Prison Nation

How America's incarceration system is like a distinct nation


A Country Called Prison: Mass Incarceration and the Making of a New Nation, by Mary D. Looman and John D. Carl, Oxford University Press, 264 pages, $29.95

Mary Looman and John Carl's thesis is straightforward: The human population embroiled within America's criminal justice system is so large, the geographic space it occupies so vast, and the social processes it undergoes so distinctive, that it has produced a cultural heritage all its own. As such, the masses entering, occupying, and cycling out of America's prison system ought to be understood as if they were members of a distinct nation. Hence their book's title: A Country Called Prison.

Since the 1970s, America's total prison population—state and federal combined—has leaped from about 300,000 to more than 1.5 million. Yet physical walls and razor wire fences do not bound the country called prison. As Looman and Carl explain, "if all individuals who are currently under some form of government supervision—via parole, probation, prison and local jails—are included, that number explodes to more than 6.9 million," a population just below Bulgaria's. And the nation is even larger than that, since inmates' broader families and social networks are deeply shaped by incarceration's cultural effects.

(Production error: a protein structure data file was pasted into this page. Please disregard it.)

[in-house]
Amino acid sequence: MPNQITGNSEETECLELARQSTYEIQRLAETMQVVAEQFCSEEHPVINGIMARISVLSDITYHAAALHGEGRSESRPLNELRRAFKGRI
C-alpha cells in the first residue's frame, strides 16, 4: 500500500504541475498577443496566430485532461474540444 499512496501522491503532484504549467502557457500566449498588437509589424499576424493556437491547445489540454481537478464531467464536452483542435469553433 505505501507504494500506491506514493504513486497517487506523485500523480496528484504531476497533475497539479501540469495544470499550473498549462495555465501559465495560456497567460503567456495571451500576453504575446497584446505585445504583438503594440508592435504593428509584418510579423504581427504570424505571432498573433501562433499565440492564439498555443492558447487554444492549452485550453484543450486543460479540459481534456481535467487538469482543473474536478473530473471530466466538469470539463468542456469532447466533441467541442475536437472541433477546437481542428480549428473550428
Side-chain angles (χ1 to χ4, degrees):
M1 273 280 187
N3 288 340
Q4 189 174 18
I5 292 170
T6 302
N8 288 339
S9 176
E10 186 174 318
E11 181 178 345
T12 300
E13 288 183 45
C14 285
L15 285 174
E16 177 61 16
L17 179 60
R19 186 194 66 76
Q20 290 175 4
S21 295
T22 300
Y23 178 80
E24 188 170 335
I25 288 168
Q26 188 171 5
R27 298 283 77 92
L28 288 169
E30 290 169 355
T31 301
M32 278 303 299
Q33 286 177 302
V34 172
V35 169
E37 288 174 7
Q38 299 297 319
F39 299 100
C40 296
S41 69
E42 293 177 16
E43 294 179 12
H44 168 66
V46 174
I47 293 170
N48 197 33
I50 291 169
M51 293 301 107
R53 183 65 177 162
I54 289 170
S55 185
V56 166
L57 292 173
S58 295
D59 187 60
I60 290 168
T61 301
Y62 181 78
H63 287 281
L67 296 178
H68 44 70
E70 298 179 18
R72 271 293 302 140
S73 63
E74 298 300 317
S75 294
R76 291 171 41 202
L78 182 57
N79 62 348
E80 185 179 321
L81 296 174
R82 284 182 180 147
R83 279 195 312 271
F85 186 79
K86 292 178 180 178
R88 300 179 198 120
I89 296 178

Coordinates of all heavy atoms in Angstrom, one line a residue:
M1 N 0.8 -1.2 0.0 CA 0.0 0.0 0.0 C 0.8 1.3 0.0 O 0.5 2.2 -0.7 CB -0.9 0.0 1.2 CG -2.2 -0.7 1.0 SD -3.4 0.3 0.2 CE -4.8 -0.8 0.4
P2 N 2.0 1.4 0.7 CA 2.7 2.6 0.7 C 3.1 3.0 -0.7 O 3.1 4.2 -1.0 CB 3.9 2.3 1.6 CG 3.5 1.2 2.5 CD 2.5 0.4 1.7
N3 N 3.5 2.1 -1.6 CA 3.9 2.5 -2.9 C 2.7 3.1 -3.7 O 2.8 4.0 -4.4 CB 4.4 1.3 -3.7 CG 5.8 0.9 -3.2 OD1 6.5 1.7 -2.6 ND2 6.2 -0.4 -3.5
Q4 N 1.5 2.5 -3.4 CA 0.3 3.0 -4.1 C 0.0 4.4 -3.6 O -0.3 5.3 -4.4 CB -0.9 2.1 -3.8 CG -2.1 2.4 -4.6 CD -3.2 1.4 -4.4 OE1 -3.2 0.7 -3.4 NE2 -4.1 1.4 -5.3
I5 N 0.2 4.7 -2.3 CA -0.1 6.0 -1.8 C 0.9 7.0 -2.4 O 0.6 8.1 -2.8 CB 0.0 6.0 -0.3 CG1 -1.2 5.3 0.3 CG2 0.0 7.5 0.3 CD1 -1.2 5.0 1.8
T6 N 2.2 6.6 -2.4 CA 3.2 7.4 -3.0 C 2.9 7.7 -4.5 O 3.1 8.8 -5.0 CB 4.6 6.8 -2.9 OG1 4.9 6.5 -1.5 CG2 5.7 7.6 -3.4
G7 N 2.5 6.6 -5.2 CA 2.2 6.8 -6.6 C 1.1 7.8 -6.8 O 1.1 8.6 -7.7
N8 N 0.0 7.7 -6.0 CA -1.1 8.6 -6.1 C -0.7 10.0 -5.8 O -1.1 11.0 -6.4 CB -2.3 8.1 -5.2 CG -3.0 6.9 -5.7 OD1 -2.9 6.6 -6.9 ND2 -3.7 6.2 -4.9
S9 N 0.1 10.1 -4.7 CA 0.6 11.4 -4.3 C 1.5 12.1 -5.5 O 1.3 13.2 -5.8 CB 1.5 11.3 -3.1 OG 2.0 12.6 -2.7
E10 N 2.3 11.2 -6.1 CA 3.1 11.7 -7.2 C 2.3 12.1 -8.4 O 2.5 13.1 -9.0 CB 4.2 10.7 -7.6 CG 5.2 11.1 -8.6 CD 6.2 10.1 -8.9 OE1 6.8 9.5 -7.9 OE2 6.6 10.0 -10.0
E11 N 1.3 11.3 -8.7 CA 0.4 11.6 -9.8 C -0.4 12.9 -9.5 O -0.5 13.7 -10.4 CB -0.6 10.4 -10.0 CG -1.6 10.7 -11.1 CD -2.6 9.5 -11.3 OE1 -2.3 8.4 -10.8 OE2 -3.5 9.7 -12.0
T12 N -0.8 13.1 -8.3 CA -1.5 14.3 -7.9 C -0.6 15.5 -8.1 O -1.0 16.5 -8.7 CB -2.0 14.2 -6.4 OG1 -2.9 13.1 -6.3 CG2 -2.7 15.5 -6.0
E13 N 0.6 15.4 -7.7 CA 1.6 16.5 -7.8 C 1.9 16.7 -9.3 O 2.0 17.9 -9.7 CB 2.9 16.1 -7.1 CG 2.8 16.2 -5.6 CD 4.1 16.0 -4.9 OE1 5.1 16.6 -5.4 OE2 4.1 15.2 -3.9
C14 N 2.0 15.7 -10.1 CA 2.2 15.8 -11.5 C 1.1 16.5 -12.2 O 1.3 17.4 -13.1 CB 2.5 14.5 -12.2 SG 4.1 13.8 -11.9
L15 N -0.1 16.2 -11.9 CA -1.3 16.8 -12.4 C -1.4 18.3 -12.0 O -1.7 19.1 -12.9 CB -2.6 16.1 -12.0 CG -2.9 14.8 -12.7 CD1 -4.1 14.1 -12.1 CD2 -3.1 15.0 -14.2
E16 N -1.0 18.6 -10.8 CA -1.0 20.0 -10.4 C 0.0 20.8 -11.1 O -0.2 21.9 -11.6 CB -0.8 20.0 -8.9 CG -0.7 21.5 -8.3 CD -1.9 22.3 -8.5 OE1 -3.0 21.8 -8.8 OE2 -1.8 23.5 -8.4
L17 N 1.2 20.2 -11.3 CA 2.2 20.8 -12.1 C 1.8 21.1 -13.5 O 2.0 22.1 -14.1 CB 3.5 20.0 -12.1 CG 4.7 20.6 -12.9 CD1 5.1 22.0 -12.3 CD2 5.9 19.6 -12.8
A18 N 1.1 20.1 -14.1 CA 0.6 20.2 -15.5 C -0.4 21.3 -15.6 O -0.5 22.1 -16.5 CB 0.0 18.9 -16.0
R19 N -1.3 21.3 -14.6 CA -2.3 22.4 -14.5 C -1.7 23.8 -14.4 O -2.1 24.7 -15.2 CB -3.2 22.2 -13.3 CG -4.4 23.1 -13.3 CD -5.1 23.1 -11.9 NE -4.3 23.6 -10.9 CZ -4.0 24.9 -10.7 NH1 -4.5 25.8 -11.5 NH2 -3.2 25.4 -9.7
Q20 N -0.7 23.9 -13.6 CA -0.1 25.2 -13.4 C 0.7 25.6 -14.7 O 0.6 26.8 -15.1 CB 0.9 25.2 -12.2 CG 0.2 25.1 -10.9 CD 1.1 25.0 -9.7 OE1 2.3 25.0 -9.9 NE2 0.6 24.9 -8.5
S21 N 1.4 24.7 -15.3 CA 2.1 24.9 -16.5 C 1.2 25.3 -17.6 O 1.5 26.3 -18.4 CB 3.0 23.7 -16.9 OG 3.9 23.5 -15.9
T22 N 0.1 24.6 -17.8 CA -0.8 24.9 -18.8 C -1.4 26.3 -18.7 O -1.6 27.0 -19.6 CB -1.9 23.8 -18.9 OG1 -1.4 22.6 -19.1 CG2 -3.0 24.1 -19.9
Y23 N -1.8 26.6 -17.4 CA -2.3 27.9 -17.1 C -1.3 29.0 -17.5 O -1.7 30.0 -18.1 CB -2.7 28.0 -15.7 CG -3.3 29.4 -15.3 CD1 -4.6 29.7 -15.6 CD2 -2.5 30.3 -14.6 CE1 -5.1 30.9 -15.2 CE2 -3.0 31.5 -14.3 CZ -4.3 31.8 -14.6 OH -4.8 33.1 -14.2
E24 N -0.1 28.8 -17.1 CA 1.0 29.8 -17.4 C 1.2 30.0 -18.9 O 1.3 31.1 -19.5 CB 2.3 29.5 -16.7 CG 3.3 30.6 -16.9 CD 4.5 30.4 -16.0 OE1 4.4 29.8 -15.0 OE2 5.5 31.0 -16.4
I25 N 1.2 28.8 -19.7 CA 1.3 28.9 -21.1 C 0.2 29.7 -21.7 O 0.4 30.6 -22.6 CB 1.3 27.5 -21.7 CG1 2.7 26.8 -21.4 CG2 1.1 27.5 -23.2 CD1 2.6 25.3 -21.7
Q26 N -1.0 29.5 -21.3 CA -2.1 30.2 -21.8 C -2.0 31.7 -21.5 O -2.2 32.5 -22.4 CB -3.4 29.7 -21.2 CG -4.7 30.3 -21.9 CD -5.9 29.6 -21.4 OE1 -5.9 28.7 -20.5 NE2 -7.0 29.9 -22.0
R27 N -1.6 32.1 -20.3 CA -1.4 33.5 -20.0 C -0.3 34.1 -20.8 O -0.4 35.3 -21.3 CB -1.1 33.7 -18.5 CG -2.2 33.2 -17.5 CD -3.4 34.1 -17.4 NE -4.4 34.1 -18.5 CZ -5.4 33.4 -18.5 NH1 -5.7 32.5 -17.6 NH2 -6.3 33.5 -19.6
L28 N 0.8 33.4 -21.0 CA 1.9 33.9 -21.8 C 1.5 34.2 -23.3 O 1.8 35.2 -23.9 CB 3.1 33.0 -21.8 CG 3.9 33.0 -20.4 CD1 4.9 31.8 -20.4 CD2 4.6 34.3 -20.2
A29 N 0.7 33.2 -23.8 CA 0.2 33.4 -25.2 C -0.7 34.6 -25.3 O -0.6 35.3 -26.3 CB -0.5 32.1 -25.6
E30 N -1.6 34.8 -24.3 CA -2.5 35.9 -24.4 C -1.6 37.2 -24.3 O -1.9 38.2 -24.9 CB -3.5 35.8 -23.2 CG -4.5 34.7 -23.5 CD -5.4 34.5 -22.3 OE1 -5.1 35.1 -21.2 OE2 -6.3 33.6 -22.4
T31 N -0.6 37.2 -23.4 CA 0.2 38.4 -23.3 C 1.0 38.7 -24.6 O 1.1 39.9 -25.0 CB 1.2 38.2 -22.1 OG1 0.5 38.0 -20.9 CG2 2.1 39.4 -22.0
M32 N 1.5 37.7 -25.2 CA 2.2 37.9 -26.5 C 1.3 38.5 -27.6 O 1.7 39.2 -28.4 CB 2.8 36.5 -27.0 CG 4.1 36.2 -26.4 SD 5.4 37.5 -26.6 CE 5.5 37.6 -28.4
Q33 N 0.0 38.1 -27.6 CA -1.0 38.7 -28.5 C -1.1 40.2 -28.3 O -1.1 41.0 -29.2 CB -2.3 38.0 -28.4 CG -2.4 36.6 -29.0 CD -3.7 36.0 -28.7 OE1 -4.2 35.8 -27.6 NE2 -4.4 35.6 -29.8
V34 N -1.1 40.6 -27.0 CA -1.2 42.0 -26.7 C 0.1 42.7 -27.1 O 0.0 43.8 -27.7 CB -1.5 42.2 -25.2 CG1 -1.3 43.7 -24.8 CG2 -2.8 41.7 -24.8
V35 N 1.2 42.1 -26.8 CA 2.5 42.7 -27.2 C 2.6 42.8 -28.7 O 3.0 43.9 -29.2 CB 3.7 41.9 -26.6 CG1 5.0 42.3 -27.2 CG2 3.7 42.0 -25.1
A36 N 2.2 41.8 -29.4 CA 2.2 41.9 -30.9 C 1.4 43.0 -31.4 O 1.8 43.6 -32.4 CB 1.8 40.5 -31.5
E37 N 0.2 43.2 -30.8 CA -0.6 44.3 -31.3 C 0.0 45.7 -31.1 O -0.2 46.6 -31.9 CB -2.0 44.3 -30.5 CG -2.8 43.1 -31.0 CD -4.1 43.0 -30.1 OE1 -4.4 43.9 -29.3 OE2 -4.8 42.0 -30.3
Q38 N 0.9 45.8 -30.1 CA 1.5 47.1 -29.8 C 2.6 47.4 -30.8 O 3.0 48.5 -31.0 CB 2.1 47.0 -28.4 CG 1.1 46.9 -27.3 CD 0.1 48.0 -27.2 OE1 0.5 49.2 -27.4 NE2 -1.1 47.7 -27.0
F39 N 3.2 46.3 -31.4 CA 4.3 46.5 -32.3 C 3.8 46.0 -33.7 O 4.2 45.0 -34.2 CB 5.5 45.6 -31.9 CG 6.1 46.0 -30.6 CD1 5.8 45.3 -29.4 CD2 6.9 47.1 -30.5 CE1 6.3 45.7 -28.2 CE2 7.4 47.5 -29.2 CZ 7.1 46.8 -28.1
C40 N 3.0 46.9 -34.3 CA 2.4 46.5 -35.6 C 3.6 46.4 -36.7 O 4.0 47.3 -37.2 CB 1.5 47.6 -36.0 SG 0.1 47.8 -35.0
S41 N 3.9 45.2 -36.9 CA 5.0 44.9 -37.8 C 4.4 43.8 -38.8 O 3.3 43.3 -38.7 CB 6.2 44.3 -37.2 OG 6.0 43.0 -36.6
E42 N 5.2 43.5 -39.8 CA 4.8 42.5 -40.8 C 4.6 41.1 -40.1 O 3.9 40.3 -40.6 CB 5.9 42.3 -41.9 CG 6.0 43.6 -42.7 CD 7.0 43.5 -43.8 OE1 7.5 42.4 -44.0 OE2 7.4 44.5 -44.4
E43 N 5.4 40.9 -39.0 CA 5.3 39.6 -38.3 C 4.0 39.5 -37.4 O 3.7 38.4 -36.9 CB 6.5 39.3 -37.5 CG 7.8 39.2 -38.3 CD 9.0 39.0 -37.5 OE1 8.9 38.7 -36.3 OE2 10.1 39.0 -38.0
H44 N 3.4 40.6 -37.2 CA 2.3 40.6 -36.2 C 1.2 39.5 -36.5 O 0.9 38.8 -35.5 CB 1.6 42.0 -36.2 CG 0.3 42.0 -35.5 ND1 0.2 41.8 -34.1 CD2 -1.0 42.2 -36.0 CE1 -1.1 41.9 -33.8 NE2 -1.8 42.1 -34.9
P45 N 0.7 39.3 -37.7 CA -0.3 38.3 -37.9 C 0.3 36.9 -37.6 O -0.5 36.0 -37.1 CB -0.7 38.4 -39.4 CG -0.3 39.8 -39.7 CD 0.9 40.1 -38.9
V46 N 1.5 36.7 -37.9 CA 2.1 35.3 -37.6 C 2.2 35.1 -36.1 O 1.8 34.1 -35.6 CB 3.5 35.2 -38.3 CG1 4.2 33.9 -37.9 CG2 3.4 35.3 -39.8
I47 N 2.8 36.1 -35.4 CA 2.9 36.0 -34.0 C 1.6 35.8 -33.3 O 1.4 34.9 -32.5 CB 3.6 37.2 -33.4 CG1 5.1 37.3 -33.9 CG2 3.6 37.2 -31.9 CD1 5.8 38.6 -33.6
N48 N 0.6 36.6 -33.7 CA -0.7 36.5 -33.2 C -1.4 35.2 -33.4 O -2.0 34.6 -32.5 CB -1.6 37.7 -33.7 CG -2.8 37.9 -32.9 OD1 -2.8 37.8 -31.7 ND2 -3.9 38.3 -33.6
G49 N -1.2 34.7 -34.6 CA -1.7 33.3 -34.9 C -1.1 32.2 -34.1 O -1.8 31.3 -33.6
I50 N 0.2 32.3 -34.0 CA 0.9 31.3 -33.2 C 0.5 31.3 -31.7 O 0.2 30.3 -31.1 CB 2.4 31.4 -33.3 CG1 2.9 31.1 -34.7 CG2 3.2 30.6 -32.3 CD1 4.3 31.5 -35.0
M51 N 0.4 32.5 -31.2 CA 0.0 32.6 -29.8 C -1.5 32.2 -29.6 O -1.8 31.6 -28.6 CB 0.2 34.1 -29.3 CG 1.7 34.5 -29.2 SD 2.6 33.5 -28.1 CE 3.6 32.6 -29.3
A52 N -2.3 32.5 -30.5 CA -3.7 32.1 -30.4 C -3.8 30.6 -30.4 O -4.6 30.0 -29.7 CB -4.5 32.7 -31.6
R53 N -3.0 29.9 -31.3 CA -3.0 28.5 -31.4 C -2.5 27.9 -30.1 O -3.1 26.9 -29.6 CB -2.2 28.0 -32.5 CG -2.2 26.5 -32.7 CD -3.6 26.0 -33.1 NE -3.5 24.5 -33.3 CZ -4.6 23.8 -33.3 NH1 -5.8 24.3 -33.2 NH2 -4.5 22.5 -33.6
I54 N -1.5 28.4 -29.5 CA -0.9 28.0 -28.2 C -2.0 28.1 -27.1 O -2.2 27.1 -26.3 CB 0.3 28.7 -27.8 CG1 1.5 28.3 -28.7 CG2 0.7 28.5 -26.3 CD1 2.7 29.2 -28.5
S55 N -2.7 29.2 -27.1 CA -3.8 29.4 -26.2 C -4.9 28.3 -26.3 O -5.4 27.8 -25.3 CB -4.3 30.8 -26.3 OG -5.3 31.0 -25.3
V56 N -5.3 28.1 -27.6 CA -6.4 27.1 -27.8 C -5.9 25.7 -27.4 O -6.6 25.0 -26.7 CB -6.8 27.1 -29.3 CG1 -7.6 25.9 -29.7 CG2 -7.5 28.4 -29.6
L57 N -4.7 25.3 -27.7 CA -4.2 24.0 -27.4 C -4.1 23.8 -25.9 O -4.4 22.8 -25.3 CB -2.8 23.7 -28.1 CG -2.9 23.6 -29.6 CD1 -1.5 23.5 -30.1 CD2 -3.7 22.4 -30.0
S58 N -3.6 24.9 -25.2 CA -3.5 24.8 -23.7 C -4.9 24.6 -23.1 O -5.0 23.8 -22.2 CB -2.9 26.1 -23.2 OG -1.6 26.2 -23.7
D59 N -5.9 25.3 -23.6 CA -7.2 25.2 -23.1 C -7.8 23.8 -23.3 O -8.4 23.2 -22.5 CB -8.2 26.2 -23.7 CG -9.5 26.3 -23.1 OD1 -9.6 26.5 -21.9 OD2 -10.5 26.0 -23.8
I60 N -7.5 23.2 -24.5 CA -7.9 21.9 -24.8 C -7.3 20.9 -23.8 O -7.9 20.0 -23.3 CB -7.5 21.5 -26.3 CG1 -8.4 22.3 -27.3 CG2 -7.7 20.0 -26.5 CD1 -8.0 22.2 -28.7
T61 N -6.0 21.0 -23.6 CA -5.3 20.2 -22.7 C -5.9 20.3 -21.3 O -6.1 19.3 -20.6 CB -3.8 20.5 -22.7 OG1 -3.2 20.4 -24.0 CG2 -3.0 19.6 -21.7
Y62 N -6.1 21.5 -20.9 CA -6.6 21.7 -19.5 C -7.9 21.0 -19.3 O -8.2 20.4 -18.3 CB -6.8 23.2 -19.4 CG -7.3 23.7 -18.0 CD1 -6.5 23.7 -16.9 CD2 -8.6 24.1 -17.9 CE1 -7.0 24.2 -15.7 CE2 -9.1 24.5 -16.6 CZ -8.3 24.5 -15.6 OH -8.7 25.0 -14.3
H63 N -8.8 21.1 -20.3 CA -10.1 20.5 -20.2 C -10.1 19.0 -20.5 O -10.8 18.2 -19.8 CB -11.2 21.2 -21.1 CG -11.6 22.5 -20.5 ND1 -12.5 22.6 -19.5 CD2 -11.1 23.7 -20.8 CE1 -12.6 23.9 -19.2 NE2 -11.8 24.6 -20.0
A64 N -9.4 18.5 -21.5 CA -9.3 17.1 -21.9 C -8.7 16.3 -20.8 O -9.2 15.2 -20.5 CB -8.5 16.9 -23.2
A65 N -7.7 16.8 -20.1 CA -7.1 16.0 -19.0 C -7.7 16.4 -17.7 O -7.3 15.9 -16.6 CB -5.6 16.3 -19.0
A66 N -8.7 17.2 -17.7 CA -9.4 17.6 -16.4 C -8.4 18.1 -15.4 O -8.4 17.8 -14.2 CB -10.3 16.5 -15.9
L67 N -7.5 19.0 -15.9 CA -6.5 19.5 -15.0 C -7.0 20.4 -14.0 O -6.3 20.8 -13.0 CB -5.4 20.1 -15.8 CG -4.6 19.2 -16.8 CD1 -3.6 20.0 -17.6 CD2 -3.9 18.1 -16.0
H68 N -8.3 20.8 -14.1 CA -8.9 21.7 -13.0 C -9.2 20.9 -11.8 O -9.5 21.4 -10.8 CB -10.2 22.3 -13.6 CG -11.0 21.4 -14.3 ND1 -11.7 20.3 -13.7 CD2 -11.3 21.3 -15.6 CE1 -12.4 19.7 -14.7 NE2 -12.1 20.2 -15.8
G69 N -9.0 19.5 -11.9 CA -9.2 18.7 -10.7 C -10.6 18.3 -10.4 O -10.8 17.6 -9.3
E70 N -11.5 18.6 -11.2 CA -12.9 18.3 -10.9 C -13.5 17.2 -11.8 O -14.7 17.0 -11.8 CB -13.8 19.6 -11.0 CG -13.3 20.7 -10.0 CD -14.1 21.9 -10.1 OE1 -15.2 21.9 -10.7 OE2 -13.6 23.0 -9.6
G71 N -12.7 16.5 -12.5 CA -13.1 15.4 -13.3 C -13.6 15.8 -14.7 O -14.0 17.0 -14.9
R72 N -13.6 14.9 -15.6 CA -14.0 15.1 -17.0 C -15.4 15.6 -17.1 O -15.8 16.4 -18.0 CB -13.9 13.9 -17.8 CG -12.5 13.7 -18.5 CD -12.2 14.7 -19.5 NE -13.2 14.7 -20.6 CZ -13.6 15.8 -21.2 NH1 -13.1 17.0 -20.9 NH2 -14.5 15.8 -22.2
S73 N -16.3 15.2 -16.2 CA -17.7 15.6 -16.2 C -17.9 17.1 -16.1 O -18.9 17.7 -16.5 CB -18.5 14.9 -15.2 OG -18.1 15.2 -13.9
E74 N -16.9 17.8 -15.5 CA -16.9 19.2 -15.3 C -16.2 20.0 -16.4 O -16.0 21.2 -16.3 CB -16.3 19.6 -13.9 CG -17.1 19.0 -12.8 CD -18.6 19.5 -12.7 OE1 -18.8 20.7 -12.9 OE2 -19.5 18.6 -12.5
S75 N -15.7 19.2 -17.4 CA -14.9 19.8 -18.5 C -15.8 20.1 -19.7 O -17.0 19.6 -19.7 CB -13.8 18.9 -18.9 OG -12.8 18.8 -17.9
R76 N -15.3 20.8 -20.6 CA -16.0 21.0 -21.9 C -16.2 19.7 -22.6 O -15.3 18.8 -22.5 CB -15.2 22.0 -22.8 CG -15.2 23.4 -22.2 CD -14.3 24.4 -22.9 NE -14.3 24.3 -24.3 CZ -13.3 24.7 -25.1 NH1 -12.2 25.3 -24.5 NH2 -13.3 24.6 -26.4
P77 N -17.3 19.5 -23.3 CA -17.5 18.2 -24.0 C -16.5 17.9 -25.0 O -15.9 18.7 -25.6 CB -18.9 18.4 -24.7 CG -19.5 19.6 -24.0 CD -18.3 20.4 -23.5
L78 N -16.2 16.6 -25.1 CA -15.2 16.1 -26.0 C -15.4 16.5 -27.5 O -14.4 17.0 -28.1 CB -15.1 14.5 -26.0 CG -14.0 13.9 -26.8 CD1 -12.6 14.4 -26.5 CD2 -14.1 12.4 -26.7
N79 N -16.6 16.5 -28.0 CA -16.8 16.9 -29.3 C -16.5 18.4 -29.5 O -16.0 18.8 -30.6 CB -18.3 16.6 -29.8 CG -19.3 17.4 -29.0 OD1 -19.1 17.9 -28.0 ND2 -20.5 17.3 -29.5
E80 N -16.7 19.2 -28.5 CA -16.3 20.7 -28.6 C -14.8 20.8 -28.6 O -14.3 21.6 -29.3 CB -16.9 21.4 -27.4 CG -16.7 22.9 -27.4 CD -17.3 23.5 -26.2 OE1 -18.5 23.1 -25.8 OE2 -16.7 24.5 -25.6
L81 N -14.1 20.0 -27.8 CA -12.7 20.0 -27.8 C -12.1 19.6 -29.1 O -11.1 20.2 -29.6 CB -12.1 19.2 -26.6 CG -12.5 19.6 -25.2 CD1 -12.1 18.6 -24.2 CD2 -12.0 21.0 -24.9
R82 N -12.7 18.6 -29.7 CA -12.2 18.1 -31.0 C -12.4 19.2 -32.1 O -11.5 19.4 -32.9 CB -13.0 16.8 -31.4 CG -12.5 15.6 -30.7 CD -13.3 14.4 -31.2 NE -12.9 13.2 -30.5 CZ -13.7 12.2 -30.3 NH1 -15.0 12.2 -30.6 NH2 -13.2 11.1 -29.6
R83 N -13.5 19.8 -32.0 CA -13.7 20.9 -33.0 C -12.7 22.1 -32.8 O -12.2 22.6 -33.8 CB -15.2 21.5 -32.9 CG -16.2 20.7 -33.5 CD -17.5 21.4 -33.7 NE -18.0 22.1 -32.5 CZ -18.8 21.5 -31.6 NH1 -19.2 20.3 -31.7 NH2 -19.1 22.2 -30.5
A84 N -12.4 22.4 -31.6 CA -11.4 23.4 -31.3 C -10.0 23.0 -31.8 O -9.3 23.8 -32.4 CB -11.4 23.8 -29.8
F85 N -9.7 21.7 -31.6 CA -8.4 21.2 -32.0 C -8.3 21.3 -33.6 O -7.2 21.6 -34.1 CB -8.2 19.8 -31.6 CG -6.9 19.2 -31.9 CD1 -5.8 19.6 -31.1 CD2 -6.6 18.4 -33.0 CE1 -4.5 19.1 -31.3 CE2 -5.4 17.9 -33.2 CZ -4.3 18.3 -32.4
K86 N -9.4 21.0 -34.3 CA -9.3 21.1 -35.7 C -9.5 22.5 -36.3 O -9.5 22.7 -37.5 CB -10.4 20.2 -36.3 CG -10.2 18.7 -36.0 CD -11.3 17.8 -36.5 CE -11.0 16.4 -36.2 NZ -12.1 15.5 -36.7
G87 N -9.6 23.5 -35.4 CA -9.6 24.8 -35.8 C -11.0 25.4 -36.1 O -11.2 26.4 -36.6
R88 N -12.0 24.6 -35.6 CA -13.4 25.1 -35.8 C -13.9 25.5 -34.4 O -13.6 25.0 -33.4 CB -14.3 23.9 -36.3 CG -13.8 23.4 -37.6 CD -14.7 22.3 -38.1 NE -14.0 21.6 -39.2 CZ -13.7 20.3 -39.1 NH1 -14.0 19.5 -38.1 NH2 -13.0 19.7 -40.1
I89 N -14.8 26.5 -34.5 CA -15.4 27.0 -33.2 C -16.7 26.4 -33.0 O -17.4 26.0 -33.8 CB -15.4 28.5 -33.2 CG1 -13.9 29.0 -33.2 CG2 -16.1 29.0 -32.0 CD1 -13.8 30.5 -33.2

Rather than deterring crime or administering justice, Looman and Carl argue, imprisonment exaggerates the social problems associated with poverty and crime. Thus the country called prison is a self-perpetuating entity.

To bolster these claims, the authors relate a large survey of theories drawing across the research fields of psychology (Looman's specialty), sociology (Carl's field), and criminal justice. Looman and Carl also share stories from their personal experiences with prison staff and inmates, making for an engaging and empathetic read.